'Energy density' is the amount of energy (or calories) per gram of food. Lower energy density foods provide less energy per gram of food so you can eat more of them without consuming too many calories. So this is a good way to help control how much we eat, without going hungry and may also be a great new way to help you lose weight.
Low energy density foods include foods with a high water content, such as soups and stews, foods like pasta and rice that absorb water during cooking, and foods that are naturally high in water, such as fruit and vegetables. Foods that are high in fibre, such as wholegrain breads and cereals, and lower fat foods also tend to have a lower energy density. High energy density foods tend to include foods that are high in fat and have a low water content, for example biscuits and confectionery, crisps, peanuts, butter and cheese.
Studies have shown that people tend to consume about the same amount (weight) of food each day, but not necessarily the same amount of energy (or calories). So it is possible to trick ourselves into consuming less energy, without feeling hungrier, by eating a lower energy density diet, which still makes up the same weight of foods overall throughout the course of a day.
This is probably best illustrated with an example – the image here shows two portions of a fruit-based dessert – they are very different in size but actually both contain exactly the same amount of calories! The difference is that the one on the left has a low energy density, while the one on the right has a high energy density. Basically, by choosing the lower energy density option, you get to eat a lot more food for the same number of calories!
How is energy density calculated?
It is very easy to calculate the energy density of foods, all you need to know is the weight of a serving of the food (in grams) and the amount of calories that serving contains. The energy density of a food is the number of calories divided by the weight.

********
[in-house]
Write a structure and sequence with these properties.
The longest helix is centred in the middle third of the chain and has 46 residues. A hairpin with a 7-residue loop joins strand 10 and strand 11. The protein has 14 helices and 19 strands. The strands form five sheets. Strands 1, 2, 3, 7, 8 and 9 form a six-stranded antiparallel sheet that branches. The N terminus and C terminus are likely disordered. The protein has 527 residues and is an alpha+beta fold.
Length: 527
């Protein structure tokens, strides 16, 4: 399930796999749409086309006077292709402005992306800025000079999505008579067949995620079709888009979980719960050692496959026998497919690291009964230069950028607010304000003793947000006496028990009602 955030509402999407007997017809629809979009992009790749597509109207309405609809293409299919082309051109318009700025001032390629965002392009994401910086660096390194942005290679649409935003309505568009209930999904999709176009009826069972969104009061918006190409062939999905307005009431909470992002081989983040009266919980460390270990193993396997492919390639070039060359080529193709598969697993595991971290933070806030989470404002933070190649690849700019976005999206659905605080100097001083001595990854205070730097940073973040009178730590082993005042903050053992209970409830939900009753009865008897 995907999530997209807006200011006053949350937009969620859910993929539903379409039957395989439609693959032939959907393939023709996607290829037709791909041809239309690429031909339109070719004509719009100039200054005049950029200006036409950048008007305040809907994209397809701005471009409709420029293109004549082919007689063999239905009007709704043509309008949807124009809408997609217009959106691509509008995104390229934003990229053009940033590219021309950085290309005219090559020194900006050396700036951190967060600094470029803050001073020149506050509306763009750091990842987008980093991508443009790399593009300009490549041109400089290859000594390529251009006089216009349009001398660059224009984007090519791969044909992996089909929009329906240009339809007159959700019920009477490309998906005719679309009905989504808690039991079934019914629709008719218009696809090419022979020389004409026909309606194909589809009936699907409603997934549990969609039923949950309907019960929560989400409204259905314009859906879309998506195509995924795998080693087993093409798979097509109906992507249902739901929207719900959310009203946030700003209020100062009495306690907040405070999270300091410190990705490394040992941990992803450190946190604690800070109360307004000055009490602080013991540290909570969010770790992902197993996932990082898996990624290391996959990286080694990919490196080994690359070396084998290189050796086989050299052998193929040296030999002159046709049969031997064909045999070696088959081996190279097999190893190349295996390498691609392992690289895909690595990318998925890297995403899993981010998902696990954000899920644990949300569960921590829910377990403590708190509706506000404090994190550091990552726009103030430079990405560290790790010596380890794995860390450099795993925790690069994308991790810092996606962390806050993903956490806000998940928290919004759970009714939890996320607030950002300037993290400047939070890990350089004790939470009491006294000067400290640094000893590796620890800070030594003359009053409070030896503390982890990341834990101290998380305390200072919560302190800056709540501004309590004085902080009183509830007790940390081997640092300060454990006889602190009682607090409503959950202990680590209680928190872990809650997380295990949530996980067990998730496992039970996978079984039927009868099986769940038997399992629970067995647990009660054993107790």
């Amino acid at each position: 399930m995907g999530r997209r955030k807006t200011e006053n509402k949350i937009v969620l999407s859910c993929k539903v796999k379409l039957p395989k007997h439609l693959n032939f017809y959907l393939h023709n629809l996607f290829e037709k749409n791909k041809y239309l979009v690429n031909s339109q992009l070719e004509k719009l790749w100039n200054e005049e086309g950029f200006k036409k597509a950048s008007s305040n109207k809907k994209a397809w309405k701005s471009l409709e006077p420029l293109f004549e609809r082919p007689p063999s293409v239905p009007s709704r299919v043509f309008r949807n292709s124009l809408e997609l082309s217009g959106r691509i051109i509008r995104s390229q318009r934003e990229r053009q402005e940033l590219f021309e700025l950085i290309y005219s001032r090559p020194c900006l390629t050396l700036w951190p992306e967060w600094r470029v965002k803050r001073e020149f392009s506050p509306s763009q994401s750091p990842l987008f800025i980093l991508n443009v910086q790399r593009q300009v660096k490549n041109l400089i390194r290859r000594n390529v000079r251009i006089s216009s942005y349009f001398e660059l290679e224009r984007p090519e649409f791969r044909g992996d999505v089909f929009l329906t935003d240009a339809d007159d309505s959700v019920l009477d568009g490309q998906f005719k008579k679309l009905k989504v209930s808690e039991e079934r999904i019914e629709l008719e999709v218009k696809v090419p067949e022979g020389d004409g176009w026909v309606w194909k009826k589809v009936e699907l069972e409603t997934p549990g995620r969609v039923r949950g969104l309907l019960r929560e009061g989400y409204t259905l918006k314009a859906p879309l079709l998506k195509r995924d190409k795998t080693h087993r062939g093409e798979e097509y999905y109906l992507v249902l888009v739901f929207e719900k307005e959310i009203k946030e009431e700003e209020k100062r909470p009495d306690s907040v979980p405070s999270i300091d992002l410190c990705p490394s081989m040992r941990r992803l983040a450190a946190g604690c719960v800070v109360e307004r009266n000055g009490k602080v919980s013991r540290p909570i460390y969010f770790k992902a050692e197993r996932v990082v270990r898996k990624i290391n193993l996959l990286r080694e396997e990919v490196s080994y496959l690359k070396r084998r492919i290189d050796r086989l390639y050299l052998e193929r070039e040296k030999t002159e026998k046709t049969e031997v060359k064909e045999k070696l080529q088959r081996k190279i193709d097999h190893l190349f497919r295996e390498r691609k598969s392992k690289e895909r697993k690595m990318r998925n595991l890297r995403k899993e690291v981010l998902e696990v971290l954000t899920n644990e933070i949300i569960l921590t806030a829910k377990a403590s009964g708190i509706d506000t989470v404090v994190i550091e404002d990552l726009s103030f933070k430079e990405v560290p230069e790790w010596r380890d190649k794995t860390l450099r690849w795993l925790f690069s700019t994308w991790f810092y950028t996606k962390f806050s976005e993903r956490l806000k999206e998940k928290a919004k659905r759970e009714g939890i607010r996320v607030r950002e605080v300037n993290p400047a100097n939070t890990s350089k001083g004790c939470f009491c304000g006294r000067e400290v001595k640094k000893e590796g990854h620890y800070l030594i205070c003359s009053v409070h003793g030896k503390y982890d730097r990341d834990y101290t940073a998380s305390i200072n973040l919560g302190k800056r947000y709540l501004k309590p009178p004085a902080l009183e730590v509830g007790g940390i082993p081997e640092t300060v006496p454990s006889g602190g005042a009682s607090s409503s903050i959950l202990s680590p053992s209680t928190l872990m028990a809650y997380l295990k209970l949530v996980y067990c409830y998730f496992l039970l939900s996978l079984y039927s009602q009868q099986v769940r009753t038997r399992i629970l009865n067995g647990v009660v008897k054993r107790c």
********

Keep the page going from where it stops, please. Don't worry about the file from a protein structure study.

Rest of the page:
Energy density = no of calories/weight (grams)
So using the desserts above as an example, they both contain 215 calories, but the one on the left weighs 300g while the one on the right only weighs 140g. Therefore:
The energy density of the dessert on the left = 215 kcal/300g = 0.7
The energy density of the dessert on the right = 215 kcal/140g = 1.5
So although the two desserts both contain the same number of calories, the one on the left has a much lower energy density than the one on the right. By choosing foods with a lower energy density, this will help you to feel fuller without consuming too many calories.
Very low energy density foods = less than 0.6 calories/gram
Low energy density foods = 0.6 to 1.5 calories/gram
Medium energy density foods = 1.5 to 4 calories/gram
High energy density foods = more than 4 calories/gram
It is better to eat mostly foods that are very low, low or medium in energy density, and consume higher energy density foods in small amounts.
This doesn’t mean that high energy density foods cannot be included when eating a low energy density diet, as it is the overall energy density of the diet that is important - small portions of high energy density foods can be included alongside plenty of lower energy density foods.